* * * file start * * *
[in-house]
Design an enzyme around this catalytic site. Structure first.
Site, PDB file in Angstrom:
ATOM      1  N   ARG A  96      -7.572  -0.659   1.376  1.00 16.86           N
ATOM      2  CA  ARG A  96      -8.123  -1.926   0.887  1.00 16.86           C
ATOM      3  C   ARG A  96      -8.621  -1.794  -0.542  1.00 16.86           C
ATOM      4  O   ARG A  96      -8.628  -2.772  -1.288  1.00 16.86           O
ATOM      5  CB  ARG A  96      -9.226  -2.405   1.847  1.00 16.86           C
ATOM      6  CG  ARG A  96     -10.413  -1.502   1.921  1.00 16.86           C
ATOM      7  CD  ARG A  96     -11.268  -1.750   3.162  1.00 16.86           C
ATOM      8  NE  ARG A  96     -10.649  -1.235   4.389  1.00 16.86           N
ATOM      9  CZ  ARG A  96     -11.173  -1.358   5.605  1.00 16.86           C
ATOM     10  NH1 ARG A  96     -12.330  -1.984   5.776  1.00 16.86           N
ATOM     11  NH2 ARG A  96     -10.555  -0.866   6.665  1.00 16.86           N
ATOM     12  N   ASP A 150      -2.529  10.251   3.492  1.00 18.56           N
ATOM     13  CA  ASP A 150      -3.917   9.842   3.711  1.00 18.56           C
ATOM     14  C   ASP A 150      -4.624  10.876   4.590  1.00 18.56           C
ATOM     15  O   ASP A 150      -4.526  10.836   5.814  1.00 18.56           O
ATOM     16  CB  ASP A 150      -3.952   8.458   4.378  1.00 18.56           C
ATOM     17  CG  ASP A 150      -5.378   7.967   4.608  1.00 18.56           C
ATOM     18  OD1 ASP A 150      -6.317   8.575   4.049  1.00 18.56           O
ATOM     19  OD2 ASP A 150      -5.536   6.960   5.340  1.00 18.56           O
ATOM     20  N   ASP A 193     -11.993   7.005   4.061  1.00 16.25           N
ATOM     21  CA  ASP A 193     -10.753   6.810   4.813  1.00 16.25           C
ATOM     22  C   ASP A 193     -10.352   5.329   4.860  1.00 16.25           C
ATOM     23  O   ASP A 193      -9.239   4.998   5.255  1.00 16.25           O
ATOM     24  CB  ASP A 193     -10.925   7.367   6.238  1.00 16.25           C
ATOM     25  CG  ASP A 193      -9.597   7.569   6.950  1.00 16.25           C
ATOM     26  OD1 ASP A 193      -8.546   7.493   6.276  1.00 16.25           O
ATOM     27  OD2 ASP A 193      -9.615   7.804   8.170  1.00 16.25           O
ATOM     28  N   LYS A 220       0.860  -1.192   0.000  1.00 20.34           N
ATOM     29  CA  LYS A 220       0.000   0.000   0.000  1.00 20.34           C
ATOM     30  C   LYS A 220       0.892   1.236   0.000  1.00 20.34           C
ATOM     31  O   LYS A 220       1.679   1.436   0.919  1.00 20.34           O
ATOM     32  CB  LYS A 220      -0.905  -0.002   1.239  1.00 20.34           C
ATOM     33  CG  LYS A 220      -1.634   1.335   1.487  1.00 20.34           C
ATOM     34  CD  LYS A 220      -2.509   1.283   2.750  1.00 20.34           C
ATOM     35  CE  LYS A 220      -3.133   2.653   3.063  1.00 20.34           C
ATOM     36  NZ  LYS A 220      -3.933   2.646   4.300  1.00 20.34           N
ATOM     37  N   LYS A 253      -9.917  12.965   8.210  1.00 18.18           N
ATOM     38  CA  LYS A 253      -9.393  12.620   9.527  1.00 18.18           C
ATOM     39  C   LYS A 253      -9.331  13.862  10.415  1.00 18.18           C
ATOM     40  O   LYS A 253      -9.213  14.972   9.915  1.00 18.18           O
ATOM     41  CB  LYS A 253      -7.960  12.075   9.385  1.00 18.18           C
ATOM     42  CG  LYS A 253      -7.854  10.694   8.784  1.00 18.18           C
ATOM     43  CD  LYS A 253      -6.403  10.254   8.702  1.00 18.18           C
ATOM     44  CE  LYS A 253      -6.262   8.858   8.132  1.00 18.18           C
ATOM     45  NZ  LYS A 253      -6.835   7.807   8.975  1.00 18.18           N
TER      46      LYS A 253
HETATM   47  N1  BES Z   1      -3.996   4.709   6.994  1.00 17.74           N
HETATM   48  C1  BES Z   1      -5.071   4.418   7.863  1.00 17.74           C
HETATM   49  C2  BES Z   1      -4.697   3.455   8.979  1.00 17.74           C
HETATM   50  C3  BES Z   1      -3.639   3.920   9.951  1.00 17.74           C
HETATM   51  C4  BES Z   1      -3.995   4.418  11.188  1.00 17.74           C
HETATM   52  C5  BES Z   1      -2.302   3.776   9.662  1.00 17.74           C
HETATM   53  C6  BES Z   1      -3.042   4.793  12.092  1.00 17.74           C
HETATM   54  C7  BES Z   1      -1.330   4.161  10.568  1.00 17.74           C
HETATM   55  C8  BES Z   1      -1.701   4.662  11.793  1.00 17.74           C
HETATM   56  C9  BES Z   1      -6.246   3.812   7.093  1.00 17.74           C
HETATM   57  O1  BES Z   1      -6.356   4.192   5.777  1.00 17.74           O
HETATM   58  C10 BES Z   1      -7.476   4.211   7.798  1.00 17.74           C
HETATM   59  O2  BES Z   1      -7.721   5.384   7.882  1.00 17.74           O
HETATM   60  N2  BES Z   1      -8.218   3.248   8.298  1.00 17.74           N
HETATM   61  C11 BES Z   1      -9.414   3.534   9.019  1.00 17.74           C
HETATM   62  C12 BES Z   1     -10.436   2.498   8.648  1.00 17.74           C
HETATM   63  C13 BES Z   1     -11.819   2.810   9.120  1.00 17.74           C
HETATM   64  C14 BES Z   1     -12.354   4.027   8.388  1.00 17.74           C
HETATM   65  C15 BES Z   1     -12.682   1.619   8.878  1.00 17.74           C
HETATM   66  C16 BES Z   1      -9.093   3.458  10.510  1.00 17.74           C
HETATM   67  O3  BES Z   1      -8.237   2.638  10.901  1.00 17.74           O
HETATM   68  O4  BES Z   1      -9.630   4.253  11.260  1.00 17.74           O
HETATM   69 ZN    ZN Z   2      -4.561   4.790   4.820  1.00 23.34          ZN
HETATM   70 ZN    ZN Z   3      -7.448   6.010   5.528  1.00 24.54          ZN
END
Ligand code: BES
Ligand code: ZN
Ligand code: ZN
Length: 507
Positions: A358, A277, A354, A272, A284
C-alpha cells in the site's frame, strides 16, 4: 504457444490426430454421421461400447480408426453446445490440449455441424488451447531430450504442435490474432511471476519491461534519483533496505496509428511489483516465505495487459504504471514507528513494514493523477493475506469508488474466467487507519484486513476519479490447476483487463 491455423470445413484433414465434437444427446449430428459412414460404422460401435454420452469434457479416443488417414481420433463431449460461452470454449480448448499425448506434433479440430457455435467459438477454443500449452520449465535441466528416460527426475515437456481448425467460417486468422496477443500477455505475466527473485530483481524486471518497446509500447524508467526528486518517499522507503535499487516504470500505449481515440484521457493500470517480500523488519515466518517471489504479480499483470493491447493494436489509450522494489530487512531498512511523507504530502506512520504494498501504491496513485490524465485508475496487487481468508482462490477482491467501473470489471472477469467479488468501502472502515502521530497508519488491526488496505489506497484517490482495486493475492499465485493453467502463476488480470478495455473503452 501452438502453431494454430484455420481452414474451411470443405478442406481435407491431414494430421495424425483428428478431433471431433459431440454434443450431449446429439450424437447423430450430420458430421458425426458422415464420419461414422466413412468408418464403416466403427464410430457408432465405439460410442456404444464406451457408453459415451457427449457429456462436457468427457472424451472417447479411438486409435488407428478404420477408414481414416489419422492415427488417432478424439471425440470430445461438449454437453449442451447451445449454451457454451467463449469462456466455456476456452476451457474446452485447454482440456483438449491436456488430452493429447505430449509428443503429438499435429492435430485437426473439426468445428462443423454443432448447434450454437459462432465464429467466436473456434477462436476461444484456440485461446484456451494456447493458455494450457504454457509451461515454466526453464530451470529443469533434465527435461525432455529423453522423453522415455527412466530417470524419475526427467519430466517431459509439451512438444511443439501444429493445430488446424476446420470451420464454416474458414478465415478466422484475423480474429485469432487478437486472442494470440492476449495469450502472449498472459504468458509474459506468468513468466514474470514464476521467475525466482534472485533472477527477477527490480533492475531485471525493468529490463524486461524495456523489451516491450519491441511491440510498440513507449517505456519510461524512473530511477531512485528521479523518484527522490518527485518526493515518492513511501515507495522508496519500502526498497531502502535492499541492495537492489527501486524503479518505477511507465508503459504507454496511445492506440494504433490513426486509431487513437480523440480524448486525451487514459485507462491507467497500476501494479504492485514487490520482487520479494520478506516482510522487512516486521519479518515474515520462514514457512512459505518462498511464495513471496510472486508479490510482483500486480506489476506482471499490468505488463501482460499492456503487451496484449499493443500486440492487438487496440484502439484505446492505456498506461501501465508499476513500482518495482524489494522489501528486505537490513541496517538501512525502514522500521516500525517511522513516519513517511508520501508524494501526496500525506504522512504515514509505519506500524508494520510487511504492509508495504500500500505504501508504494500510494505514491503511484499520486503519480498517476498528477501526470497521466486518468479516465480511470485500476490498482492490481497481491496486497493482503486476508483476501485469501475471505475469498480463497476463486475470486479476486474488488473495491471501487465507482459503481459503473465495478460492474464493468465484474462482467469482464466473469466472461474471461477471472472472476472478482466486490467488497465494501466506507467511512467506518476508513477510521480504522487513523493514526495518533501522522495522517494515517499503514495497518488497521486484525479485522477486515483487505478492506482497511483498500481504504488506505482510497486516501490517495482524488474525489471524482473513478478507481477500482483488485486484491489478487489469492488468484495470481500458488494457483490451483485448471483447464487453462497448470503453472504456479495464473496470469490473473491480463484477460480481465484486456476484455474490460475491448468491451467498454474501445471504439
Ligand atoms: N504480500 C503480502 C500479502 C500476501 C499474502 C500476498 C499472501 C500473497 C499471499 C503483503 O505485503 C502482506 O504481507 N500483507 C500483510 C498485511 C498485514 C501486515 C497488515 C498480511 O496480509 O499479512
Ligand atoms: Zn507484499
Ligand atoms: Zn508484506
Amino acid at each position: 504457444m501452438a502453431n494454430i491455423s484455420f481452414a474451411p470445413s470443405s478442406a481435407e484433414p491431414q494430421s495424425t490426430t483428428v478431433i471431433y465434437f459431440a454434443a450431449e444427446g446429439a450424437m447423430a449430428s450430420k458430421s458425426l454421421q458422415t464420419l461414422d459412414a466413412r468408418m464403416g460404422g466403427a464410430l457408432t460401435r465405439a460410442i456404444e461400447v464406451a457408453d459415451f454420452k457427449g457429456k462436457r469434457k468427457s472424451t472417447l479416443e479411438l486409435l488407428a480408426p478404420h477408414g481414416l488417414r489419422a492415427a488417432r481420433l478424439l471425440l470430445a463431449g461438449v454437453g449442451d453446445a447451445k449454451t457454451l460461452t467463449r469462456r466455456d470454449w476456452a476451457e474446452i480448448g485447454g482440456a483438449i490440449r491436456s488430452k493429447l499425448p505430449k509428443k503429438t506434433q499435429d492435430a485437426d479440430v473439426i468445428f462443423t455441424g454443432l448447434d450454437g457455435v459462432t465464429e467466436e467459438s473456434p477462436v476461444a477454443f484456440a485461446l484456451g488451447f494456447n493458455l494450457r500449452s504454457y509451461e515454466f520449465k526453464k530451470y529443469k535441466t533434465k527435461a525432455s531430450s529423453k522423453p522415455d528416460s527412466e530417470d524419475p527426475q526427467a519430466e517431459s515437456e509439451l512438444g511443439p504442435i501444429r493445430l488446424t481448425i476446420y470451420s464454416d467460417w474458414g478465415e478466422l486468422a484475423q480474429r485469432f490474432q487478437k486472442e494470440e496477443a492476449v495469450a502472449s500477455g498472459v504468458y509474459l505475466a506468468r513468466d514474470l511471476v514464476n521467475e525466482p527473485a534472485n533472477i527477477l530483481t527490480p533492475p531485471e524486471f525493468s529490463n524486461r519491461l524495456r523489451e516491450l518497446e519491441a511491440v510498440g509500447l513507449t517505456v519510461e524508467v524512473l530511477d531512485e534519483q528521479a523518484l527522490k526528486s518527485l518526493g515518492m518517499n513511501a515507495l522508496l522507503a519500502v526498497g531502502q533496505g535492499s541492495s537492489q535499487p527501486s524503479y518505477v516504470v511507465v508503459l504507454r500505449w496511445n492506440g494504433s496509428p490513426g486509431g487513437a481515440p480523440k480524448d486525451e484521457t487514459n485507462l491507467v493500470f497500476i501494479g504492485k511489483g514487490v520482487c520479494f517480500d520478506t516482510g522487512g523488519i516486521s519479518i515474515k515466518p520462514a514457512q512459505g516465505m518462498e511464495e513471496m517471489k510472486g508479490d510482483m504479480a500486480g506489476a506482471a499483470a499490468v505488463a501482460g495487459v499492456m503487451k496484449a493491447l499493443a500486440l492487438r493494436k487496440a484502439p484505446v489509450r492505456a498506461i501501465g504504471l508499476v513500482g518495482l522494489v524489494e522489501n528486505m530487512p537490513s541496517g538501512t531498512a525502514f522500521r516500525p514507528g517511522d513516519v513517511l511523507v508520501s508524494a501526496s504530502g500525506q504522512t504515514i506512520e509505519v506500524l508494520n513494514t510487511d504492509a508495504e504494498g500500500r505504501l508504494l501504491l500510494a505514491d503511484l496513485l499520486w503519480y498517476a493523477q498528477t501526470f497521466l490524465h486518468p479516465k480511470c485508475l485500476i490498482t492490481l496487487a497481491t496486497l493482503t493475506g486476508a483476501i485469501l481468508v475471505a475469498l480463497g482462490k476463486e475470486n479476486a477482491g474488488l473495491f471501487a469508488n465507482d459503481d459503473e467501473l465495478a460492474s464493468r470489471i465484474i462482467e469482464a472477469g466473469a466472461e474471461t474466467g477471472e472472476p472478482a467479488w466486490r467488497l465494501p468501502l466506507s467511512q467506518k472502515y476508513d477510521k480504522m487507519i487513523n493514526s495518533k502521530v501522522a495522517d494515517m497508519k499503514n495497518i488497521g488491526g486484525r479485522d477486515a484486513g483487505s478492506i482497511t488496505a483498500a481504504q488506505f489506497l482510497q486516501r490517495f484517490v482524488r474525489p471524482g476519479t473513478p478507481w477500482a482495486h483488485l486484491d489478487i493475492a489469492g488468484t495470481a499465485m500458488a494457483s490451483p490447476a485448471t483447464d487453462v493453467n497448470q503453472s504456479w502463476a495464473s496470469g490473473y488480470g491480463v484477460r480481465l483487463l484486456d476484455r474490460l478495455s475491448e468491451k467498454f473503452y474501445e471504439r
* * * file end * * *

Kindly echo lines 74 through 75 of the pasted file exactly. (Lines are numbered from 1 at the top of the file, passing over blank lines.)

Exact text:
END
Ligand code: BES